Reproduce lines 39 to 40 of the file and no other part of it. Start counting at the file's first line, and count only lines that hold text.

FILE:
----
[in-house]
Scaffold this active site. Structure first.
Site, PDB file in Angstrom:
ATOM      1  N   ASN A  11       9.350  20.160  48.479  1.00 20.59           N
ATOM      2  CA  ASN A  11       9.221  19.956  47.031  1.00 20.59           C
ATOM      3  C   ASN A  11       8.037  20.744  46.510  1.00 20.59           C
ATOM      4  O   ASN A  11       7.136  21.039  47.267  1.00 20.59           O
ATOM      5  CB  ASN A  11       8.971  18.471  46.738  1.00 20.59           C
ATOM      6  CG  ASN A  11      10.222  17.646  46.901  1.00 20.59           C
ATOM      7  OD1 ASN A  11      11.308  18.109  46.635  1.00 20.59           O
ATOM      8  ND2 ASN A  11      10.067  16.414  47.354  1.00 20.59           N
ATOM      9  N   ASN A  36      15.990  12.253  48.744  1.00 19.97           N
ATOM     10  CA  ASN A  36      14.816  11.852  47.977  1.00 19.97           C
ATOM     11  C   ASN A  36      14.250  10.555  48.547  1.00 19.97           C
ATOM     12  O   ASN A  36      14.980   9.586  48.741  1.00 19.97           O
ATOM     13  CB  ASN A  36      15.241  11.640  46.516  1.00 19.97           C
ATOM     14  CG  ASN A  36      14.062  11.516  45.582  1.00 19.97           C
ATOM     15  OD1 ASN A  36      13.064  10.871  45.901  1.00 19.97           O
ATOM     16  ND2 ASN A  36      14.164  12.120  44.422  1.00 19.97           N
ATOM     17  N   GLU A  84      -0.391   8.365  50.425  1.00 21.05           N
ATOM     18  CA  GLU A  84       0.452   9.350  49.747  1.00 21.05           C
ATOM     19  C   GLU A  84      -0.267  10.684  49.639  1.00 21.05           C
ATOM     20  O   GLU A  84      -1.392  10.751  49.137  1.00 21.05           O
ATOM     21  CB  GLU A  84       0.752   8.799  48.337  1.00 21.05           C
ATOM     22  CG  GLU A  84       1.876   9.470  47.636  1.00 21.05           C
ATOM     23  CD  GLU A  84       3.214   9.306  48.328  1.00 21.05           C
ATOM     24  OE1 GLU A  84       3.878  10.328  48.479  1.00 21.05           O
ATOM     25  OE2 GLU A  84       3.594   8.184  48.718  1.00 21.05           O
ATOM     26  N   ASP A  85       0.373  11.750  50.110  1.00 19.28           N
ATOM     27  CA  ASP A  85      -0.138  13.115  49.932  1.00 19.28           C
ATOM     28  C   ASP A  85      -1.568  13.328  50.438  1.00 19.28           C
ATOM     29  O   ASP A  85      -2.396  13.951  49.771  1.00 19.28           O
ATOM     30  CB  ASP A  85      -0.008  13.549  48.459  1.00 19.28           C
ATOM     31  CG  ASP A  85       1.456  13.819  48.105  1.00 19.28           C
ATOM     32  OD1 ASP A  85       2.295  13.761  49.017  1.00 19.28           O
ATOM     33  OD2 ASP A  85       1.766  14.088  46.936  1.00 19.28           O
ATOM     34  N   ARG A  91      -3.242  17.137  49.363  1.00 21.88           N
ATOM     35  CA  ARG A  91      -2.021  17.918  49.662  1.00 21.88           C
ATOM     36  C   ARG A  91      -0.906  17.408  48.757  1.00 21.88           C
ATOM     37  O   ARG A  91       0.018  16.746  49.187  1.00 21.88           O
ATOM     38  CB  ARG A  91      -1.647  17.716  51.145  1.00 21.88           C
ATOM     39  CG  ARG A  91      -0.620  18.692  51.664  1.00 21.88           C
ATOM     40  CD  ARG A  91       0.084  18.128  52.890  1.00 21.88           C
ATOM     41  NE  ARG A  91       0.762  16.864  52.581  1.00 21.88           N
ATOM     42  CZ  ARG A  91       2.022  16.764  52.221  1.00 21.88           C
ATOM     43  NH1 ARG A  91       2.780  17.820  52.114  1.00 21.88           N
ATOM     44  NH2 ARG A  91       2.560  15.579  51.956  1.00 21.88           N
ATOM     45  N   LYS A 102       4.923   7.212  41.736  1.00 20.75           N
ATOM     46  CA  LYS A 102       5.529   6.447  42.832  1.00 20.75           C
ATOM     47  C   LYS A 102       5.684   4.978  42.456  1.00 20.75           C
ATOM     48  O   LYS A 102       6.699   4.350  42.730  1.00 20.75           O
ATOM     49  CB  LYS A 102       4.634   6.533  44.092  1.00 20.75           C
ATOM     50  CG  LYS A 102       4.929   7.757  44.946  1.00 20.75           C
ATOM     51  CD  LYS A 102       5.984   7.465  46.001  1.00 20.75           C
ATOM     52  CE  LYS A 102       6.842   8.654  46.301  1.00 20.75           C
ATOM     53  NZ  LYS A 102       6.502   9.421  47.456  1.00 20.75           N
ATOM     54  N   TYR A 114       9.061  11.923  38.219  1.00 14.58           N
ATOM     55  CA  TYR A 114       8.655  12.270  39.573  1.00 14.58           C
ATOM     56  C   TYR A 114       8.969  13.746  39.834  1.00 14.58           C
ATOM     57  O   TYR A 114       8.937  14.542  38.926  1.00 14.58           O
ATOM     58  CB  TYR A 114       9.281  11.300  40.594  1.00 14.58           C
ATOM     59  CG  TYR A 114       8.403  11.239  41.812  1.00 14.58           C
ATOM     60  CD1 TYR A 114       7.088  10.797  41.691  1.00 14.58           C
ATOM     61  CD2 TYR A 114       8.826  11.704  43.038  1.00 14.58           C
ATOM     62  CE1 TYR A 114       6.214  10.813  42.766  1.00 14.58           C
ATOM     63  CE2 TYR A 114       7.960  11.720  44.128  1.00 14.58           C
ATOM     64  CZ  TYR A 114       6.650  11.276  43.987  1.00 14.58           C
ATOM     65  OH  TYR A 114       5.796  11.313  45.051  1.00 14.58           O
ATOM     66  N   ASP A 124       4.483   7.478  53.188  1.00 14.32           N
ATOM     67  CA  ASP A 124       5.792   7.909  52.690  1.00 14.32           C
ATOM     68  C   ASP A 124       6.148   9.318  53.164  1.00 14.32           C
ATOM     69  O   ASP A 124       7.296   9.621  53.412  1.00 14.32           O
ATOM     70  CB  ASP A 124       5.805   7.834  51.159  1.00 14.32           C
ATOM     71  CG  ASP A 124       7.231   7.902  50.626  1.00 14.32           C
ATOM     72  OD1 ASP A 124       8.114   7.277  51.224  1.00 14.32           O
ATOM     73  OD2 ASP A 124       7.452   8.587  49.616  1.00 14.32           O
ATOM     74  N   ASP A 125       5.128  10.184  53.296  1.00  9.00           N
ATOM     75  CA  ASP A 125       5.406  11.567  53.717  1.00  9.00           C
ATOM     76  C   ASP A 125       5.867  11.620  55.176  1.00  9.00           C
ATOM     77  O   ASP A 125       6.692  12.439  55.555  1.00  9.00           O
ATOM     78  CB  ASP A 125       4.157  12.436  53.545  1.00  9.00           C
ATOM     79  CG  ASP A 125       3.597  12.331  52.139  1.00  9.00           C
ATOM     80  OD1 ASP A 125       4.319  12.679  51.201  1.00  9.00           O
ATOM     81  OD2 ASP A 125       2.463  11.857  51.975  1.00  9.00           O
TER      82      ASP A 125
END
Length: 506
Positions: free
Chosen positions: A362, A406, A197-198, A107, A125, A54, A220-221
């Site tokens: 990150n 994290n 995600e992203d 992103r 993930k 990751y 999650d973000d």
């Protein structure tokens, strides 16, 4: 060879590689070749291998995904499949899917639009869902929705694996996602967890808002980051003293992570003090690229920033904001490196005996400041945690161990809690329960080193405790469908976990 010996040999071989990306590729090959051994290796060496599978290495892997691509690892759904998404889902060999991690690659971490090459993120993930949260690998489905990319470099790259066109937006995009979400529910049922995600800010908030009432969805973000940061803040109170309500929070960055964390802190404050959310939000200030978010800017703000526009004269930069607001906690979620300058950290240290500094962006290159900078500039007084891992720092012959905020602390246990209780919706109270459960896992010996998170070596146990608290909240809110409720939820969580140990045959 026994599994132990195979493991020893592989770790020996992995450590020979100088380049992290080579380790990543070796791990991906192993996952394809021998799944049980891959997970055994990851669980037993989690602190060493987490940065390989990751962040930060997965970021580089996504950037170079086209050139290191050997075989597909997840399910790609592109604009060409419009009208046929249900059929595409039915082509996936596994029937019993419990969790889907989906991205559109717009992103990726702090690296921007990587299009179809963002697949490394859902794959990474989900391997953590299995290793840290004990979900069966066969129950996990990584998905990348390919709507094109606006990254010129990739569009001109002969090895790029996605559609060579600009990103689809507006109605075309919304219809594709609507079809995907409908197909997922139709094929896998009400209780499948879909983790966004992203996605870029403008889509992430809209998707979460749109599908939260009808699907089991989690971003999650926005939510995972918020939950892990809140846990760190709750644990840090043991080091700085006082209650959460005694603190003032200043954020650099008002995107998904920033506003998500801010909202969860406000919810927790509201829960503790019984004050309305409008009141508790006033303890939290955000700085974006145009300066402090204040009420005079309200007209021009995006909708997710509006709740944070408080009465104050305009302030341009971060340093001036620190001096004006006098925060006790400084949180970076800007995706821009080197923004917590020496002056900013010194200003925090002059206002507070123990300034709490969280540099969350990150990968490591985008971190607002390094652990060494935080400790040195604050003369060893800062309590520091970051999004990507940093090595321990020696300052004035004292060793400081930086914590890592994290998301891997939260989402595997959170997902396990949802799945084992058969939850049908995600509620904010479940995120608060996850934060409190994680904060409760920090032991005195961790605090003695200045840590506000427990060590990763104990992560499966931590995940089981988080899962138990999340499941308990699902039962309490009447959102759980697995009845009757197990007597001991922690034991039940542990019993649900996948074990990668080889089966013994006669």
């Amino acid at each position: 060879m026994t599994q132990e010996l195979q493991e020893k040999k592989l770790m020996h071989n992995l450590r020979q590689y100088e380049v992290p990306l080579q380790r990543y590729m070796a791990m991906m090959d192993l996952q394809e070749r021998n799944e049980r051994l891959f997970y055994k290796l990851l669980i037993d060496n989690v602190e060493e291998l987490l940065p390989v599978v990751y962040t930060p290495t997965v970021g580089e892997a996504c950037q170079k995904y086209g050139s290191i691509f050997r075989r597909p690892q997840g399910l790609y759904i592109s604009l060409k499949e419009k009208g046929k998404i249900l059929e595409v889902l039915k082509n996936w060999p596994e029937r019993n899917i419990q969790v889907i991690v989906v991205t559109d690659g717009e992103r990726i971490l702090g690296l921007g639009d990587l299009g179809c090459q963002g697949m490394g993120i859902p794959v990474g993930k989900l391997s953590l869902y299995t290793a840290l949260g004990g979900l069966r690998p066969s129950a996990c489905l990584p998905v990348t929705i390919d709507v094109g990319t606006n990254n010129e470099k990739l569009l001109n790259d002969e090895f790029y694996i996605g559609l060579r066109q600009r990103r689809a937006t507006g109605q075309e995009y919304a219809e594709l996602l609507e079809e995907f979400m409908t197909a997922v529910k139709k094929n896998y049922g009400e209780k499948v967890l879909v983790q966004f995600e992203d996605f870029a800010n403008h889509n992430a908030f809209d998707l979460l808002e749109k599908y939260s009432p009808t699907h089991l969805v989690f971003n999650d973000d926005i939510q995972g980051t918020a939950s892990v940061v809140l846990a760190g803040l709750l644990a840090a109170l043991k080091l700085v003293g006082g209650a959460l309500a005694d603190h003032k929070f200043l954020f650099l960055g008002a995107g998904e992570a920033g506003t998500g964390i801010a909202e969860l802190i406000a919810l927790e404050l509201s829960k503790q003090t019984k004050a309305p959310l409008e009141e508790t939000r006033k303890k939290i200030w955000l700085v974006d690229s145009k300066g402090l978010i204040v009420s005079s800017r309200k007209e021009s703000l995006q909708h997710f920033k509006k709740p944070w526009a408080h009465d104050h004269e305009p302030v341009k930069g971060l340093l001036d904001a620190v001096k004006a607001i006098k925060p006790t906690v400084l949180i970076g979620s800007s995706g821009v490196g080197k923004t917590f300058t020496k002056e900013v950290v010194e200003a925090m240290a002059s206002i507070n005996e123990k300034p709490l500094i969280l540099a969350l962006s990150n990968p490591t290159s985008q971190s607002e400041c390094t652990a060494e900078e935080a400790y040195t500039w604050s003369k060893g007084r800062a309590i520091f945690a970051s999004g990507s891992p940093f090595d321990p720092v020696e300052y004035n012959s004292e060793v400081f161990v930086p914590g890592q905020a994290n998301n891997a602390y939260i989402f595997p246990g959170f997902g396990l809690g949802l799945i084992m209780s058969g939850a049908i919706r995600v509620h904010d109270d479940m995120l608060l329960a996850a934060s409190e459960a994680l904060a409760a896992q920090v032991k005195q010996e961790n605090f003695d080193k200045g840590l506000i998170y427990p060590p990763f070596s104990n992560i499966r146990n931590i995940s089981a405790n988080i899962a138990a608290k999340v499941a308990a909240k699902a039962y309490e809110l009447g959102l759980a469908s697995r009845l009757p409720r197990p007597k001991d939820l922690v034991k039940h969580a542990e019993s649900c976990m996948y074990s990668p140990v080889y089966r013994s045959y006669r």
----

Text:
ATOM     36  C   ARG A  91      -0.906  17.408  48.757  1.00 21.88           C
ATOM     37  O   ARG A  91       0.018  16.746  49.187  1.00 21.88           O